One of the first steps is to build materials for the project’s classes by putting together exhaustive, real-world cases that lessons can be shaped around. Kim said cases will be drawn from stories of public health successes and failures around the world, such as Bangladesh’s BRAC nonprofit development organization, which grew from humble roots in 1972 to become one of the world’s largest nongovernmental development organizations; Thailand’s drive to ensure 100 percent of sex workers use condoms; Partners In Health’s rural clinics in Rwanda, where the desperate need to fight HIV and tuberculosis is driving expanded primary health care on which HIV and TB treatment is based; and failing efforts to eradicate polio in Uttar Pradesh, India.
Gathering the case studies is an important step in teaching global health, Kim said. Even such notable successes as the eradication of smallpox are not effectively taught in most schools of public health, he said. As a consequence, those who have been involved with successful health care programs mainly know the details of just their own work. If broader lessons are to be learned, Kim said, both successful and unsuccessful cases of health care delivery in challenging settings have to be examined and best practices taken away so that students inspired to enter the field will do so armed with that knowledge.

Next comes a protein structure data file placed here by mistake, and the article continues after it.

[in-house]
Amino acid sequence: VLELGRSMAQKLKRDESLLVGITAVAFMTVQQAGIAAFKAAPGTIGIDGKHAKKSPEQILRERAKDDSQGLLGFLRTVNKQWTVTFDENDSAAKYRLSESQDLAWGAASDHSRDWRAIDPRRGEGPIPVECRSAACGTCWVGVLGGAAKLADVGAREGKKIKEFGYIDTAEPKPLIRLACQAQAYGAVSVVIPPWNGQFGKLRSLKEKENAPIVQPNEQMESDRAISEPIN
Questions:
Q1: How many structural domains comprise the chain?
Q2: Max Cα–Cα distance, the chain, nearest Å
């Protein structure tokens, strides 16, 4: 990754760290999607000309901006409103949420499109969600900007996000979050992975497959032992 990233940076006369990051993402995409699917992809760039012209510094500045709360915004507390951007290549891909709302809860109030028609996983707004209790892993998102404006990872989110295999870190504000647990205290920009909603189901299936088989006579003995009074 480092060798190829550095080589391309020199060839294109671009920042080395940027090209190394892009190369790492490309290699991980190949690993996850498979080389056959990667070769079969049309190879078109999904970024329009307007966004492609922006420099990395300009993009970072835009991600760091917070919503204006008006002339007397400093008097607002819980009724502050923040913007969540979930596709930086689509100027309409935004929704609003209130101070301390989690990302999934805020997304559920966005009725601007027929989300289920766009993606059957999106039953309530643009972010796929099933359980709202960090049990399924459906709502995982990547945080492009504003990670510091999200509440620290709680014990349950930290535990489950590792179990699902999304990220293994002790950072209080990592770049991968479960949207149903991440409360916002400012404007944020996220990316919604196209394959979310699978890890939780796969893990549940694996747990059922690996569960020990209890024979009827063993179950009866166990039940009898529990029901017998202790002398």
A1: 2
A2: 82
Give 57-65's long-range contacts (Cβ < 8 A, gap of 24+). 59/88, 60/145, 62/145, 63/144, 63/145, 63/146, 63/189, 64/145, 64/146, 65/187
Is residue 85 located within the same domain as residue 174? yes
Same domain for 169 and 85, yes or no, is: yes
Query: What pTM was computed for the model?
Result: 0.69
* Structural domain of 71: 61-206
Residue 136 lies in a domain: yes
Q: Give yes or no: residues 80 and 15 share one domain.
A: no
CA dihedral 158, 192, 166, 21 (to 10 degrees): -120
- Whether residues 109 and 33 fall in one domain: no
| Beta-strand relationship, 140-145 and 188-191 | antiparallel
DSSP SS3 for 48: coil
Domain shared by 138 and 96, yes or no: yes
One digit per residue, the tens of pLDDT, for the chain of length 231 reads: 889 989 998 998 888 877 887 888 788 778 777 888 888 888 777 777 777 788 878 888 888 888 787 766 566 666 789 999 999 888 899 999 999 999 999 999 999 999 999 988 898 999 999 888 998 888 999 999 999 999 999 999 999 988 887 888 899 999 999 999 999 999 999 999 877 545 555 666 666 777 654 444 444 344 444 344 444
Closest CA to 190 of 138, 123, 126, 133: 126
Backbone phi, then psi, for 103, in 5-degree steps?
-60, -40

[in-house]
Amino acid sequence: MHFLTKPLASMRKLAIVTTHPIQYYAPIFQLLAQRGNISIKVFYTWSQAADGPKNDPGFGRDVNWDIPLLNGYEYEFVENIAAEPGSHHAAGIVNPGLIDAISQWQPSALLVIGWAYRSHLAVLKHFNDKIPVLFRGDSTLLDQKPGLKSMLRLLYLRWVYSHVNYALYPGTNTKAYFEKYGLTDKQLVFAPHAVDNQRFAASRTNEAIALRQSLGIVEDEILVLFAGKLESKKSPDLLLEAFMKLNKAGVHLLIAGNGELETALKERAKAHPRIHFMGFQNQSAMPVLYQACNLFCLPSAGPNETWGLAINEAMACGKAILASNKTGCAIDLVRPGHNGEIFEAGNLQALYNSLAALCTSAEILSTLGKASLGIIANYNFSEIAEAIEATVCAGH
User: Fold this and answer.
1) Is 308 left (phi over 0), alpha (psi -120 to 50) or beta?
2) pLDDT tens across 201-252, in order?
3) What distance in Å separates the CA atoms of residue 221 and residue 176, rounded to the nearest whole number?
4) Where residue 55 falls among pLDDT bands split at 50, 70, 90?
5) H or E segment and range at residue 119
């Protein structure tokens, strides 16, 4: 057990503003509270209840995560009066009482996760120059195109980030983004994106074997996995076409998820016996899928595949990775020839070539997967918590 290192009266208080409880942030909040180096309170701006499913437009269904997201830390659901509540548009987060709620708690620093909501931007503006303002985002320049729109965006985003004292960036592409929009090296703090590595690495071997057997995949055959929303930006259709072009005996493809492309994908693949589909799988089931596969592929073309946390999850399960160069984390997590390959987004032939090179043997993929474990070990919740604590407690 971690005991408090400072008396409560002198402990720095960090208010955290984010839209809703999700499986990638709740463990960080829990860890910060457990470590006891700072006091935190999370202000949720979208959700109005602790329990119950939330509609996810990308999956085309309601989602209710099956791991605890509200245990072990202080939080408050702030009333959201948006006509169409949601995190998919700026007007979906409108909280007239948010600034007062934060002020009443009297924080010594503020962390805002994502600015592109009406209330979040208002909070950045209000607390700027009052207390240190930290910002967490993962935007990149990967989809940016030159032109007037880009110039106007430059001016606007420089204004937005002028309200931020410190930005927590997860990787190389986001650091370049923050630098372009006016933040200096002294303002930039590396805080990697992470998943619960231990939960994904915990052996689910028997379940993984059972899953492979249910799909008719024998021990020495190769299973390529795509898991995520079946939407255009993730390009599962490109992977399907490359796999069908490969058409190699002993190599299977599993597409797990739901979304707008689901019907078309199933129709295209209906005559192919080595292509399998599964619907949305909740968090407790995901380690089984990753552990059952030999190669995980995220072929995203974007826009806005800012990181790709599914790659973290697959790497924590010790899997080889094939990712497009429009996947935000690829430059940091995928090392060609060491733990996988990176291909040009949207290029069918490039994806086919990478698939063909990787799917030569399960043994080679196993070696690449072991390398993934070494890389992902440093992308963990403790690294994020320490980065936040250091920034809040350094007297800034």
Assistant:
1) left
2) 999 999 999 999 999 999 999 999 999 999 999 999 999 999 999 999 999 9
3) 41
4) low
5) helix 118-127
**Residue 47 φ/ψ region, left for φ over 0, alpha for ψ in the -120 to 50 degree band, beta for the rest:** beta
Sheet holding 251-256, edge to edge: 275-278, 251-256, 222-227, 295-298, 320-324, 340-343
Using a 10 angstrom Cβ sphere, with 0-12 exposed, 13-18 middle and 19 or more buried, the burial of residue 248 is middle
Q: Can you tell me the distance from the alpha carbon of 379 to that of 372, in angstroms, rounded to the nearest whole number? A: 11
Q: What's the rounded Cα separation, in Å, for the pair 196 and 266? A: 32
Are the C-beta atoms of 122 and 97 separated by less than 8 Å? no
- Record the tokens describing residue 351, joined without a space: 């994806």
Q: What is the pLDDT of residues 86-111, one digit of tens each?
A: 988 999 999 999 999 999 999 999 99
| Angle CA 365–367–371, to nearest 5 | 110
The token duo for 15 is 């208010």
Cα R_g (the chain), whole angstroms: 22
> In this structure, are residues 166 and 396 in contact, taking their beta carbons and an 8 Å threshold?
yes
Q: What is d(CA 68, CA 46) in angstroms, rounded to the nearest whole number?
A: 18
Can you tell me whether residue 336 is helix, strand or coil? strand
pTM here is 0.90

“Somebody has to do the difficult work of collecting all the details of how programs are either getting it right or wrong in the field,” Kim said. “There are lots of things that we will only know by talking to lots of different people and revising our cases until we get it right.”
By the end of the year, Weintraub hopes to have 15 cases ready. Ultimately, she hopes to be able to draw on 100 or more.
From the cases, program organizers intend to be able to extract common threads that will help to identify important questions for further research and also lead to the development of analytic frameworks for understanding a broad range of global health delivery problems.
While case-based teaching is a hallmark of Harvard Business School, Porter said he doesn’t see a business school approach supplanting medical or public health training. Instead, he said, it will augment those traditional teaching approaches and provide an element missing in teaching how to deliver health care in poor settings.
Weintraub said there’s a large demand for the program. A third of first-year medical students express interest in global health, as do 36 percent of Harvard undergraduates.
The program kicked off its academic efforts with an intersession class held in January. About half of those who attended were international students, and 70 percent were doctors. Many also held degrees in public health.
The program will continue to expand its offerings in the coming years, with plans for a course this summer and full-term courses beginning in September 2008. Ultimately, Kim said, they hope to launch a master’s degree program in Global Health Delivery.